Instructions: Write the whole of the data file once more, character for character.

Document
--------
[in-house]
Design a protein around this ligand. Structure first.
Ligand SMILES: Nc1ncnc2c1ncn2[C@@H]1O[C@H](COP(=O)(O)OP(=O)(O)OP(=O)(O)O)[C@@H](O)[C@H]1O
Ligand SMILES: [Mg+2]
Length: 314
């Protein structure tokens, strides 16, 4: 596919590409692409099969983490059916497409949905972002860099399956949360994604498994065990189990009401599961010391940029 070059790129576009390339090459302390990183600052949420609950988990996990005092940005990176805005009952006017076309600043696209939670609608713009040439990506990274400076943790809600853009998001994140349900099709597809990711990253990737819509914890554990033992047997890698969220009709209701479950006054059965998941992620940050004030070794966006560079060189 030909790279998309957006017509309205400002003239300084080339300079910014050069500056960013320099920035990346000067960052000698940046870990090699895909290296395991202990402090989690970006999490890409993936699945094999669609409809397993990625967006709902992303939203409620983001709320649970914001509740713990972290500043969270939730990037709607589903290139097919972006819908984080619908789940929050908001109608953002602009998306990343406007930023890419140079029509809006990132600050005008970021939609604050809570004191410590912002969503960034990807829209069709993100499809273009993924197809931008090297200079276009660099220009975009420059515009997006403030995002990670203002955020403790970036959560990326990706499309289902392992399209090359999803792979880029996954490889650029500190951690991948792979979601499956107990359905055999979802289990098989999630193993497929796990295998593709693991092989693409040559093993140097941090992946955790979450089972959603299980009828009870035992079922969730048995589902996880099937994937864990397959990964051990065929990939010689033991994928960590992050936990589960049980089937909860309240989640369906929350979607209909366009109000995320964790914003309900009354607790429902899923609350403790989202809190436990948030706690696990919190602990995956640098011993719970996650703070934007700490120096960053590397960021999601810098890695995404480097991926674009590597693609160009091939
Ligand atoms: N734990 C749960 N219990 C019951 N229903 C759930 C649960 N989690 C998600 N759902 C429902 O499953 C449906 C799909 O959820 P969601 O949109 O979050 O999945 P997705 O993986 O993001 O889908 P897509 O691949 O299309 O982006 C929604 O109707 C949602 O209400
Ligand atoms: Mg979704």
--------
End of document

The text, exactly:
[in-house]
Design a protein around this ligand. Structure first.
Ligand SMILES: Nc1ncnc2c1ncn2[C@@H]1O[C@H](COP(=O)(O)OP(=O)(O)OP(=O)(O)O)[C@@H](O)[C@H]1O
Ligand SMILES: [Mg+2]
Length: 314
């Protein structure tokens, strides 16, 4: 596919590409692409099969983490059916497409949905972002860099399956949360994604498994065990189990009401599961010391940029 070059790129576009390339090459302390990183600052949420609950988990996990005092940005990176805005009952006017076309600043696209939670609608713009040439990506990274400076943790809600853009998001994140349900099709597809990711990253990737819509914890554990033992047997890698969220009709209701479950006054059965998941992620940050004030070794966006560079060189 030909790279998309957006017509309205400002003239300084080339300079910014050069500056960013320099920035990346000067960052000698940046870990090699895909290296395991202990402090989690970006999490890409993936699945094999669609409809397993990625967006709902992303939203409620983001709320649970914001509740713990972290500043969270939730990037709607589903290139097919972006819908984080619908789940929050908001109608953002602009998306990343406007930023890419140079029509809006990132600050005008970021939609604050809570004191410590912002969503960034990807829209069709993100499809273009993924197809931008090297200079276009660099220009975009420059515009997006403030995002990670203002955020403790970036959560990326990706499309289902392992399209090359999803792979880029996954490889650029500190951690991948792979979601499956107990359905055999979802289990098989999630193993497929796990295998593709693991092989693409040559093993140097941090992946955790979450089972959603299980009828009870035992079922969730048995589902996880099937994937864990397959990964051990065929990939010689033991994928960590992050936990589960049980089937909860309240989640369906929350979607209909366009109000995320964790914003309900009354607790429902899923609350403790989202809190436990948030706690696990919190602990995956640098011993719970996650703070934007700490120096960053590397960021999601810098890695995404480097991926674009590597693609160009091939
Ligand atoms: N734990 C749960 N219990 C019951 N229903 C759930 C649960 N989690 C998600 N759902 C429902 O499953 C449906 C799909 O959820 P969601 O949109 O979050 O999945 P997705 O993986 O993001 O889908 P897509 O691949 O299309 O982006 C929604 O109707 C949602 O209400
Ligand atoms: Mg979704």